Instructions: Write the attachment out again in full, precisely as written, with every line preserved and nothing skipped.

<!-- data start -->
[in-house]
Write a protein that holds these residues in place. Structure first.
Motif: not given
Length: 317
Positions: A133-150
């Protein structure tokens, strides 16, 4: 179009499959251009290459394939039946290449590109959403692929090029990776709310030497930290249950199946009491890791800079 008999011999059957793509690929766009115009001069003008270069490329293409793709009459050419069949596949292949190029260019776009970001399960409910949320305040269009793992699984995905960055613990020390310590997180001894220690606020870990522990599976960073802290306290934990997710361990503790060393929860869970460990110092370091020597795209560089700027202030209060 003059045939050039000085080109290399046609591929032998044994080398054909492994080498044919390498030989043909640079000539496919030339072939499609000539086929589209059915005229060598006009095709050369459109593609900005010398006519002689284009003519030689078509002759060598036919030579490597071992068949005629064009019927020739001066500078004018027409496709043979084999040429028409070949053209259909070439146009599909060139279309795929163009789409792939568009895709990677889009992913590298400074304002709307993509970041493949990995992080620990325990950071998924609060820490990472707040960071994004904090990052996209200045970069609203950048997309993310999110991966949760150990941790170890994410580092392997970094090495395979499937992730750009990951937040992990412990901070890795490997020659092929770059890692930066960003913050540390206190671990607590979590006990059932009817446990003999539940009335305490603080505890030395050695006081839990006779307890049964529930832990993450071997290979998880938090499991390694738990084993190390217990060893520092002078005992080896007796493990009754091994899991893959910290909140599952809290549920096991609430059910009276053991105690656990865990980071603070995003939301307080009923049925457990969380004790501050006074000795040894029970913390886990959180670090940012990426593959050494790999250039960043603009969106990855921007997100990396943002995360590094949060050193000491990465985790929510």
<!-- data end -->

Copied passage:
[in-house]
Write a protein that holds these residues in place. Structure first.
Motif: not given
Length: 317
Positions: A133-150
């Protein structure tokens, strides 16, 4: 179009499959251009290459394939039946290449590109959403692929090029990776709310030497930290249950199946009491890791800079 008999011999059957793509690929766009115009001069003008270069490329293409793709009459050419069949596949292949190029260019776009970001399960409910949320305040269009793992699984995905960055613990020390310590997180001894220690606020870990522990599976960073802290306290934990997710361990503790060393929860869970460990110092370091020597795209560089700027202030209060 003059045939050039000085080109290399046609591929032998044994080398054909492994080498044919390498030989043909640079000539496919030339072939499609000539086929589209059915005229060598006009095709050369459109593609900005010398006519002689284009003519030689078509002759060598036919030579490597071992068949005629064009019927020739001066500078004018027409496709043979084999040429028409070949053209259909070439146009599909060139279309795929163009789409792939568009895709990677889009992913590298400074304002709307993509970041493949990995992080620990325990950071998924609060820490990472707040960071994004904090990052996209200045970069609203950048997309993310999110991966949760150990941790170890994410580092392997970094090495395979499937992730750009990951937040992990412990901070890795490997020659092929770059890692930066960003913050540390206190671990607590979590006990059932009817446990003999539940009335305490603080505890030395050695006081839990006779307890049964529930832990993450071997290979998880938090499991390694738990084993190390217990060893520092002078005992080896007796493990009754091994899991893959910290909140599952809290549920096991609430059910009276053991105690656990865990980071603070995003939301307080009923049925457990969380004790501050006074000795040894029970913390886990959180670090940012990426593959050494790999250039960043603009969106990855921007997100990396943002995360590094949060050193000491990465985790929510």